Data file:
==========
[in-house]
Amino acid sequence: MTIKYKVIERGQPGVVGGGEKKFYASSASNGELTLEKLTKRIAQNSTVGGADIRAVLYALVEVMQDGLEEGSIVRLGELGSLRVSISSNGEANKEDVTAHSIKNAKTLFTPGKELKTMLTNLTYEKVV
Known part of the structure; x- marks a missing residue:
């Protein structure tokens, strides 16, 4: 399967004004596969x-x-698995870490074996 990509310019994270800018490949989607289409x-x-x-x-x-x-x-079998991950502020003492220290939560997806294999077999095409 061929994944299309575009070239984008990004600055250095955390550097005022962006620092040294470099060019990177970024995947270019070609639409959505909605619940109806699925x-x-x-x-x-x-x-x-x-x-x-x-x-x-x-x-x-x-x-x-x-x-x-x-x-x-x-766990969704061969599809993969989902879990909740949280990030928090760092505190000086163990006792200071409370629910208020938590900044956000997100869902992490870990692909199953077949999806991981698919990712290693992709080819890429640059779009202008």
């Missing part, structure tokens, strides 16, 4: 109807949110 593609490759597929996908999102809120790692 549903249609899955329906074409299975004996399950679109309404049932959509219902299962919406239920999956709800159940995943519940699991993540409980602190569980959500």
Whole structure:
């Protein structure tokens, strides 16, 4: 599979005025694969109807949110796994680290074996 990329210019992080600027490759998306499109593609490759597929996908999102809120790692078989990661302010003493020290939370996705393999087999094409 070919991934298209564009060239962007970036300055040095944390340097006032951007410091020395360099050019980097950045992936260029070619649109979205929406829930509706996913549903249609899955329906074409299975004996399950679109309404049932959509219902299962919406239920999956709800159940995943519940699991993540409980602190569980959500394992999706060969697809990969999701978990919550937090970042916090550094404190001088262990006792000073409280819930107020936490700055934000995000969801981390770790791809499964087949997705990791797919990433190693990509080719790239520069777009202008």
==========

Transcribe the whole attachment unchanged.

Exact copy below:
[in-house]
Amino acid sequence: MTIKYKVIERGQPGVVGGGEKKFYASSASNGELTLEKLTKRIAQNSTVGGADIRAVLYALVEVMQDGLEEGSIVRLGELGSLRVSISSNGEANKEDVTAHSIKNAKTLFTPGKELKTMLTNLTYEKVV
Known part of the structure; x- marks a missing residue:
């Protein structure tokens, strides 16, 4: 399967004004596969x-x-698995870490074996 990509310019994270800018490949989607289409x-x-x-x-x-x-x-079998991950502020003492220290939560997806294999077999095409 061929994944299309575009070239984008990004600055250095955390550097005022962006620092040294470099060019990177970024995947270019070609639409959505909605619940109806699925x-x-x-x-x-x-x-x-x-x-x-x-x-x-x-x-x-x-x-x-x-x-x-x-x-x-x-766990969704061969599809993969989902879990909740949280990030928090760092505190000086163990006792200071409370629910208020938590900044956000997100869902992490870990692909199953077949999806991981698919990712290693992709080819890429640059779009202008």
């Missing part, structure tokens, strides 16, 4: 109807949110 593609490759597929996908999102809120790692 549903249609899955329906074409299975004996399950679109309404049932959509219902299962919406239920999956709800159940995943519940699991993540409980602190569980959500």
Whole structure:
């Protein structure tokens, strides 16, 4: 599979005025694969109807949110796994680290074996 990329210019992080600027490759998306499109593609490759597929996908999102809120790692078989990661302010003493020290939370996705393999087999094409 070919991934298209564009060239962007970036300055040095944390340097006032951007410091020395360099050019980097950045992936260029070619649109979205929406829930509706996913549903249609899955329906074409299975004996399950679109309404049932959509219902299962919406239920999956709800159940995943519940699991993540409980602190569980959500394992999706060969697809990969999701978990919550937090970042916090550094404190001088262990006792000073409280819930107020936490700055934000995000969801981390770790791809499964087949997705990791797919990433190693990509080719790239520069777009202008």